Chinatown, Halifax style
Early signs of Chinesefocused business neighbourhood emerge in N.S. capital
HALIFAX — In a corner of Halifax’s historic south end, Mandarin signs have started to sprout up: They appoint dumpling and dessert restaurants, bubble tea cafés, rental housing and a barbershop.
They are the early signs of a fledgling Chinatown.
It’s very small, and as with Chinatowns elsewhere it’s not all Chinese — some of the smattering of businesses specialize in Korean barbecue, Vietnamese pho or Indian groceries. Compared to big-city Chinatowns, it’s a blip on the urban landscape.
But for a city more accustomed to Irish pubs and fish and chips, not to mention the donair (the official food of Halifax, declared in December 2015), this tiny pocket of businesses around where Barrington Street turns sharply into Inglis Street tells the story of a steady flow of newcomers to Halifax from China.
As more stay — rather than returning to China or moving west to Toronto or Vancouver — a critical mass of Chinese ex-pats is slowly forming, potentially encouraging others to put down roots.
“It’s more busy than before,” said Mai Duong, co-owner of Ca-Hoa Grocery, a family-owned Asian retailer that has been selling fresh produce and packaged foods on the corner of Victoria Road and Queen Street since 1981. “There are still a lot of Chinese students, but now more families, too.”
The aging province is in desperate need of newcomers. From 2011 to 2016, the number of people aged 15 to 64 dropped precipitously in Atlantic Canada, while the proportion of seniors increased sharply, Statistics Canada 2016 census data showed.
Nova Scotia is aggressively trying to tackle its population crunch by attracting skilled workers, and calls China a “key market” for both immigration and trade.
China is the top source of international students to Nova Scotia, and the third biggest source of immigrants overall, according to the provincial government.
Most of those newcomers appear to be settling in the provincial capital, population 400,000 and home to several universities.
The city’s English-Mandarin newspaper, Dakai Maritimes, has seen its circulation jump to 35,000, up from 5,000 when it was launched five years ago.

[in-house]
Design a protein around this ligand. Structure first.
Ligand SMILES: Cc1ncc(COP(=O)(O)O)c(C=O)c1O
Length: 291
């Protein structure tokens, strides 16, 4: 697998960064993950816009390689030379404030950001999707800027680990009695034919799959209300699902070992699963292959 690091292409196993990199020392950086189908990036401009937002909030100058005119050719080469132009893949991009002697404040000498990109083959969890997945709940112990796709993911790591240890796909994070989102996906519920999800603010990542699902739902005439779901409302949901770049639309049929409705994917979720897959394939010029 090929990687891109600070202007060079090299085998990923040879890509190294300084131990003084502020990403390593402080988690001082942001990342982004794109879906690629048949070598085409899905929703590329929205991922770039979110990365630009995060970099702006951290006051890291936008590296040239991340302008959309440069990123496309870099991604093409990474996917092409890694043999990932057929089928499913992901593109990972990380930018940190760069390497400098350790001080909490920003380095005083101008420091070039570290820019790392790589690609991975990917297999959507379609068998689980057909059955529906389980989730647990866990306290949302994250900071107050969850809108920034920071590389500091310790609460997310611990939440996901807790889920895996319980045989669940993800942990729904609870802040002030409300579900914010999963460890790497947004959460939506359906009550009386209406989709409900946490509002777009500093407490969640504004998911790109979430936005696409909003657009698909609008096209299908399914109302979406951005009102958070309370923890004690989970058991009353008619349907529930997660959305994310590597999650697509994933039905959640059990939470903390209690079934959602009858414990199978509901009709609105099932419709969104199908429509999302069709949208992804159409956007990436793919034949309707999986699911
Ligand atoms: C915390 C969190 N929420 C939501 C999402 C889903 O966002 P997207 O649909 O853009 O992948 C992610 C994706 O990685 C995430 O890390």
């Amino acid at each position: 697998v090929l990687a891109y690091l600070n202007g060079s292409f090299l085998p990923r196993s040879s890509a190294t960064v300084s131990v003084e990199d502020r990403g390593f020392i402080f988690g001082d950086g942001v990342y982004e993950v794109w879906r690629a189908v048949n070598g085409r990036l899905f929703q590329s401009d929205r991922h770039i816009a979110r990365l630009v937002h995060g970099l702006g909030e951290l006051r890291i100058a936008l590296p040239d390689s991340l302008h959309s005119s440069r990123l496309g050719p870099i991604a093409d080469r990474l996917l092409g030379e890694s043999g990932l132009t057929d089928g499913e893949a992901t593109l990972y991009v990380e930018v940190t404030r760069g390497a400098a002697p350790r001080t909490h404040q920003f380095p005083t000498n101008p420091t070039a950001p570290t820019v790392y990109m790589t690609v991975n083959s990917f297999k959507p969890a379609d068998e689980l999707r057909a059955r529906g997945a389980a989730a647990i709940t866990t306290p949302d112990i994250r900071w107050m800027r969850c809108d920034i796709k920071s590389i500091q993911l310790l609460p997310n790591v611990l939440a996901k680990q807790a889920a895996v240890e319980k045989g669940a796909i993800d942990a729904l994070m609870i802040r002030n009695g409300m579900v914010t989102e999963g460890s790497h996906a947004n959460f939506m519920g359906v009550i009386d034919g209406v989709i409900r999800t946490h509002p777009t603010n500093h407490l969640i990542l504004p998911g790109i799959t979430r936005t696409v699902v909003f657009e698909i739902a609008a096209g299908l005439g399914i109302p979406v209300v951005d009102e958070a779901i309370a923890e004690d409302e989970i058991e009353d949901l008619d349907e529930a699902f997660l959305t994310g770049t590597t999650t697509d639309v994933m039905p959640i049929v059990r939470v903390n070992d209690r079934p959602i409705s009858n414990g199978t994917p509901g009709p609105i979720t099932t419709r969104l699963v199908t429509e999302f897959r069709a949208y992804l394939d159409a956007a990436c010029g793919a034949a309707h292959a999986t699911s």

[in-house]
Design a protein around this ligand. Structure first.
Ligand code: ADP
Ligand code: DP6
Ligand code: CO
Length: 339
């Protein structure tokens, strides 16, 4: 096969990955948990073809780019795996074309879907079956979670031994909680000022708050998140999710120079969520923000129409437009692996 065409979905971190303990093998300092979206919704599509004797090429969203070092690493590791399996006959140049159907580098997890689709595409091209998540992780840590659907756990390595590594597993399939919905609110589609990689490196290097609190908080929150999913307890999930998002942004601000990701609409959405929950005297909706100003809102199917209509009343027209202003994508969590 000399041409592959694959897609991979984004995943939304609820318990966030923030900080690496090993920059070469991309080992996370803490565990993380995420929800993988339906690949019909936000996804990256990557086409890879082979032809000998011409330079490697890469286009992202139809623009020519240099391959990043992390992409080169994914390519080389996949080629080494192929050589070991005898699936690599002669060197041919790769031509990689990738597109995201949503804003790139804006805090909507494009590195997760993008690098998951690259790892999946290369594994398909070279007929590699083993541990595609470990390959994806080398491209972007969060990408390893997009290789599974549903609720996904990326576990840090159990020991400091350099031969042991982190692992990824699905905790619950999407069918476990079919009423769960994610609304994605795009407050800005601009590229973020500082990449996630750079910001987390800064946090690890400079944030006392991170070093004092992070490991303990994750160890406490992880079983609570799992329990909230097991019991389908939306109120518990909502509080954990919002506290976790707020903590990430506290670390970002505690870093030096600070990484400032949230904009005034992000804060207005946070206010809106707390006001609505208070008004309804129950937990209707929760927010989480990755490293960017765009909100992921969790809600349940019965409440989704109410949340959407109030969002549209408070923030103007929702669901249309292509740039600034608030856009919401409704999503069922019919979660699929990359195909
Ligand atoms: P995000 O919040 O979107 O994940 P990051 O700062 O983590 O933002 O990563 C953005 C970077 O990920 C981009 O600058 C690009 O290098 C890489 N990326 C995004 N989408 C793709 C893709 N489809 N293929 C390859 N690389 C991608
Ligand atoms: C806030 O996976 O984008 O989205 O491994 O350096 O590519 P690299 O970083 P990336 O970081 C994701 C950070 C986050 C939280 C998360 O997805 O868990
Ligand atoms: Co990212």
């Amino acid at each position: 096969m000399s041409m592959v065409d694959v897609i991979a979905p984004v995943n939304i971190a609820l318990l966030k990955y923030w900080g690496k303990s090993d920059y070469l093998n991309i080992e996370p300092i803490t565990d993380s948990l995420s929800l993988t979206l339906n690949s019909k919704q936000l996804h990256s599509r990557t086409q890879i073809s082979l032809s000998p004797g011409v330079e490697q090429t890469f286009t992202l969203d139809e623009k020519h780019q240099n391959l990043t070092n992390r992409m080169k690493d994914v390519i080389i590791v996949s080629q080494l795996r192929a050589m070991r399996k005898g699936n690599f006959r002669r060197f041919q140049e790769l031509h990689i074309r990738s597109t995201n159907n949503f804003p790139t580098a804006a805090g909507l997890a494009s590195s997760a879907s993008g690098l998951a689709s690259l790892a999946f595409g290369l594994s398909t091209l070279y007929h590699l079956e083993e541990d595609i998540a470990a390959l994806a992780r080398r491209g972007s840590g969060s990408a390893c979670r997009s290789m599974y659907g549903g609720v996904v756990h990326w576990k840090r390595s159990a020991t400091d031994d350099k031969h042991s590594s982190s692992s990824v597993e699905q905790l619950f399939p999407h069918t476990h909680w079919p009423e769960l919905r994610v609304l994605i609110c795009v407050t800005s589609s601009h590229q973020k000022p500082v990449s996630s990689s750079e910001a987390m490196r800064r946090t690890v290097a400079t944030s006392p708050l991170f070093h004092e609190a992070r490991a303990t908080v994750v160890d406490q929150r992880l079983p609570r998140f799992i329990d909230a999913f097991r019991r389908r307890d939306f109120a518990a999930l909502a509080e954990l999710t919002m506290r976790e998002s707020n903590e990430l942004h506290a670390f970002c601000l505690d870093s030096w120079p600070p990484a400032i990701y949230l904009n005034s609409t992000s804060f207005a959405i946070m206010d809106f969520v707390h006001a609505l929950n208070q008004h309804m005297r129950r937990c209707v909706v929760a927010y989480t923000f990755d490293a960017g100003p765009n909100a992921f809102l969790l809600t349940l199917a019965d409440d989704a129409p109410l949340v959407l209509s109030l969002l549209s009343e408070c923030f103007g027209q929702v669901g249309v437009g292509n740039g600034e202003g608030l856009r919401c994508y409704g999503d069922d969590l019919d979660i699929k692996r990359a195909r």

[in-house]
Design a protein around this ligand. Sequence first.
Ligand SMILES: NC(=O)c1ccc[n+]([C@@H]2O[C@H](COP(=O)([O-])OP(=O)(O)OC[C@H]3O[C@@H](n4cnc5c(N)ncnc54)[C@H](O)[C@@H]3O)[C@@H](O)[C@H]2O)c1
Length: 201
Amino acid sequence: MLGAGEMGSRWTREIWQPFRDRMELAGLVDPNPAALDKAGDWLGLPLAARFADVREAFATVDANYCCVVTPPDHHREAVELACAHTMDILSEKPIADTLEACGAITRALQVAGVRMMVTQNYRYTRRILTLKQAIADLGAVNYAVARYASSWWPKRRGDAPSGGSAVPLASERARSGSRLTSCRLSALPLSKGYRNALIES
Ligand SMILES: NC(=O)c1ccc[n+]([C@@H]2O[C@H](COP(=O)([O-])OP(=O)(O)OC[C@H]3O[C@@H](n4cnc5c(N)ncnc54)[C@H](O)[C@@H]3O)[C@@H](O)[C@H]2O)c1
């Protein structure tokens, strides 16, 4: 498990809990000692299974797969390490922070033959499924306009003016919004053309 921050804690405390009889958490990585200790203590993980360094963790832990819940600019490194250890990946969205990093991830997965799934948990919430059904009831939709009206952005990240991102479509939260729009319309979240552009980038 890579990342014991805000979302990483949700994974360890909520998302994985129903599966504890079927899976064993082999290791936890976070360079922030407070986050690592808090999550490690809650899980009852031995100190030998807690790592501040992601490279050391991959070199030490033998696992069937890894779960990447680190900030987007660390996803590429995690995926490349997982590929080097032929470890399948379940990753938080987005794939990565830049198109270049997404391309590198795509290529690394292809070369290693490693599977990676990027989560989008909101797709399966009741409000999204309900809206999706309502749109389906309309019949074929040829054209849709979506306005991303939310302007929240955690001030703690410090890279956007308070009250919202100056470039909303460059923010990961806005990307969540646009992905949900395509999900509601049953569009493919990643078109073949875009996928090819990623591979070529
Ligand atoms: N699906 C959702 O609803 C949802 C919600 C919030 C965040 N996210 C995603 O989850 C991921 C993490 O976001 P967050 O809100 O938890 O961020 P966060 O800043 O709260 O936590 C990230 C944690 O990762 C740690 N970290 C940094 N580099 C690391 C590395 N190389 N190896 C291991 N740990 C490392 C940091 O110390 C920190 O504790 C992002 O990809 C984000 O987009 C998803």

Meng Zhao, founder and editorin-chief, started the paper after graduating from Mount Saint Vincent University to help bridge the gap between Chinese newcomers and locals.
“When I moved here the Chinese population was quite small,” she said, “and I wanted to connect them to each other and the larger community.”
While working long hours on the newspaper — which has since partnered with The Chronicle Herald, the province’s biggest daily — Zhao and her husband started a family and now have a one-year-old and a three-year-old.
“Being a parent is challenging on its own no matter what country you’re in, but when you’re away from your family and culture it can be hard,” she said.
Zhao joined a WeChat group for new Chinese moms living in Halifax, sharing advice and offer support online, and also meet up for play dates at local libraries and parks to talk about the experience of raising a family in Nova Scotia.
“I’ve been here long enough to integrate into the local culture and lifestyle, but for some who don’t speak the language fluently or have support it’s really difficult,” Zhao said. “We help each other out.”
Yao Chen moved to Halifax in 2008 to study at Saint Mary’s University and recently became a real estate agent.
While he said there are ways to encourage more Chinese graduates to settle here — including improving immigrants’ ability to bring their parents — he said the city’s real estate investment opportunities go a long way to making the city attractive to foreigners.
“The real estate market in Halifax hasn’t been as appealing as other cities like Toronto or Vancouver,” Chen said. “But that was before other governments introduced foreign buyer taxes.”
Since then, Chen said Chinese newcomers are starting to recognize that properties in Halifax are more affordable and the quality of life better than in bigger cities.
When I moved here the Chinese population was quite small, and I wanted to connect them to each other and the larger community.”
Meng Zhao, founder and editor-in-chief of Halifax’s English-Mandarin newspaper, Dakai Maritimes, poses with her husband Frank Zhang and child Zachary Zhang and youngest child Wesley Zhang in Windsor, Ont.
Yao Chen, a local realtor, is seen at Bai Wei Grill Bar in Halifax.